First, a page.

Since everything you're doing is a different skill-set, you are going to have to become incredibly good at finding out what you don't know.
There is no way any education could ever prepare you for all the things you will be asked to do as a mom, or a homeowner, or a wife. However, with this majestic thing we call the internet, you have the entirety of human knowledge at your fingertips with the click of a button. Between you and Google, nothing is impossible.
So there's your short answer. You are going to get really good at Googling how to adult until it feels natural. This is not a reassuring answer, but it is the right one.
Now I’ve written an entire post on things I wish I had known before we bought our house, but for the purposes of “adulting”, let me give you the top-level bullet points:
DO work with a realtor, but DON’T sign anything with them before you interview a few candidates.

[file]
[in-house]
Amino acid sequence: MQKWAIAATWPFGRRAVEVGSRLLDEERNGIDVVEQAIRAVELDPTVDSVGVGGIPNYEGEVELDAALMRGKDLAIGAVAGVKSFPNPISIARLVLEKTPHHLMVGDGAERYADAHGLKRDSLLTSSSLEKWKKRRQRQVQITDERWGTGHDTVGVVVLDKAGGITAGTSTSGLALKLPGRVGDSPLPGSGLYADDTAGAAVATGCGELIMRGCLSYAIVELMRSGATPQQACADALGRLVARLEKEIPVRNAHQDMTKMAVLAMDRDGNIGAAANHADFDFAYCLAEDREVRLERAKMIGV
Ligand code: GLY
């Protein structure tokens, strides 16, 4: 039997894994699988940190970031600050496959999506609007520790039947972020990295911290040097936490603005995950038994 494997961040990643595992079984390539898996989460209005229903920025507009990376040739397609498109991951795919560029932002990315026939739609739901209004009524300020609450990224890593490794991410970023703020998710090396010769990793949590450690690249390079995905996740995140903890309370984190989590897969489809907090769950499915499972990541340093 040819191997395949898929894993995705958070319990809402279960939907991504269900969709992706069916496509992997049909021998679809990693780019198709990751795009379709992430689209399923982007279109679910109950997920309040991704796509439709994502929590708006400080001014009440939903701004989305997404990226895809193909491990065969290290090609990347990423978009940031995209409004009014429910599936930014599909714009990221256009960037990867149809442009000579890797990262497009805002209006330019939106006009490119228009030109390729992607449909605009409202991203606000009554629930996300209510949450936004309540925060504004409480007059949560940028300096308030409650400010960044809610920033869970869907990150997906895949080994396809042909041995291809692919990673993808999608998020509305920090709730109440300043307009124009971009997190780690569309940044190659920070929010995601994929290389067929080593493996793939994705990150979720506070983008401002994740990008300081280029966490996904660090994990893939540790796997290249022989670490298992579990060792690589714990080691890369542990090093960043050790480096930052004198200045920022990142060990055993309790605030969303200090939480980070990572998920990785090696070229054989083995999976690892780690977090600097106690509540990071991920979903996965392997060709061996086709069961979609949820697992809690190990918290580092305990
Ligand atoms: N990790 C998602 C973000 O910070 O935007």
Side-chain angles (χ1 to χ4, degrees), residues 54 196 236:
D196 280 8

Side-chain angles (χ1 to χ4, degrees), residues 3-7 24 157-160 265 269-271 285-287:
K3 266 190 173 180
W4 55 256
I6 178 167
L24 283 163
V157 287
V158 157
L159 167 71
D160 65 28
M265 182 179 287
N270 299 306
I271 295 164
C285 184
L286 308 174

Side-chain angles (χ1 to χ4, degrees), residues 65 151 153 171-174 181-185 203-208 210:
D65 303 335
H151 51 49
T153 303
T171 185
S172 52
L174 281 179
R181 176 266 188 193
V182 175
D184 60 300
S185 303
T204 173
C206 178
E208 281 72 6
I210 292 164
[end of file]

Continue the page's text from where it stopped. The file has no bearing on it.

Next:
DO look at houses online and pick your favorites, but DON’T get your heart set on any particular one.
DO get prequalified with a lender before you set foot in a single home. (You don’t want to get your heart set on something you can’t afford.)
DON’T get emotional about negotiating for one specific house. DO remind yourself that there are many houses you’ll love equally, this is only one of them.
DO map out your financial situation when it comes to potential monthly payments and DON’T buy the most expensive house you can afford. (Other stuff will come up.)
I’ve learned the hard way that this one is all about having the paperwork where you need it when tax season comes around.